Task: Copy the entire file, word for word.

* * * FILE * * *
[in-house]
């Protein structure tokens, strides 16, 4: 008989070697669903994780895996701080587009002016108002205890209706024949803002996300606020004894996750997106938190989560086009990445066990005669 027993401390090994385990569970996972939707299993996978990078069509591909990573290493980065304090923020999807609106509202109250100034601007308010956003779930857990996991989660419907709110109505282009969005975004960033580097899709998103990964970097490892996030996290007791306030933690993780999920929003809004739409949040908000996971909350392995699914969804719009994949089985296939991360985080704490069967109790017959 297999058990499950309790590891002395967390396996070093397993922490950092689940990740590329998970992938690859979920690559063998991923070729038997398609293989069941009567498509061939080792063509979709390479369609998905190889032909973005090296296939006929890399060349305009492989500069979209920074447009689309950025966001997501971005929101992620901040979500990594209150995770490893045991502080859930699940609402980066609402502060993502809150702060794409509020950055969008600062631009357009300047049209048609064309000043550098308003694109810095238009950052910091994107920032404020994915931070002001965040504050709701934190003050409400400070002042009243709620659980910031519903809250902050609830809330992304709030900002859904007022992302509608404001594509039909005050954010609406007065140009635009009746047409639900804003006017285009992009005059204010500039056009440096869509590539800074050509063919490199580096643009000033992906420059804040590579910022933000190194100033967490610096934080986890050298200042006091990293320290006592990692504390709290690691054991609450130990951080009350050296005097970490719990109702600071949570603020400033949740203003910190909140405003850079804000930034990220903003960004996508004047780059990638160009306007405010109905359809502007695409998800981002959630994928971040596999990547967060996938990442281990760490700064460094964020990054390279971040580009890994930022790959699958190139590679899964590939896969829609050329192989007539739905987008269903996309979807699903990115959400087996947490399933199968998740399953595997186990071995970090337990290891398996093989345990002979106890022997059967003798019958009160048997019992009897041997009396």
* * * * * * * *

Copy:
[in-house]
């Protein structure tokens, strides 16, 4: 008989070697669903994780895996701080587009002016108002205890209706024949803002996300606020004894996750997106938190989560086009990445066990005669 027993401390090994385990569970996972939707299993996978990078069509591909990573290493980065304090923020999807609106509202109250100034601007308010956003779930857990996991989660419907709110109505282009969005975004960033580097899709998103990964970097490892996030996290007791306030933690993780999920929003809004739409949040908000996971909350392995699914969804719009994949089985296939991360985080704490069967109790017959 297999058990499950309790590891002395967390396996070093397993922490950092689940990740590329998970992938690859979920690559063998991923070729038997398609293989069941009567498509061939080792063509979709390479369609998905190889032909973005090296296939006929890399060349305009492989500069979209920074447009689309950025966001997501971005929101992620901040979500990594209150995770490893045991502080859930699940609402980066609402502060993502809150702060794409509020950055969008600062631009357009300047049209048609064309000043550098308003694109810095238009950052910091994107920032404020994915931070002001965040504050709701934190003050409400400070002042009243709620659980910031519903809250902050609830809330992304709030900002859904007022992302509608404001594509039909005050954010609406007065140009635009009746047409639900804003006017285009992009005059204010500039056009440096869509590539800074050509063919490199580096643009000033992906420059804040590579910022933000190194100033967490610096934080986890050298200042006091990293320290006592990692504390709290690691054991609450130990951080009350050296005097970490719990109702600071949570603020400033949740203003910190909140405003850079804000930034990220903003960004996508004047780059990638160009306007405010109905359809502007695409998800981002959630994928971040596999990547967060996938990442281990760490700064460094964020990054390279971040580009890994930022790959699958190139590679899964590939896969829609050329192989007539739905987008269903996309979807699903990115959400087996947490399933199968998740399953595997186990071995970090337990290891398996093989345990002979106890022997059967003798019958009160048997019992009897041997009396």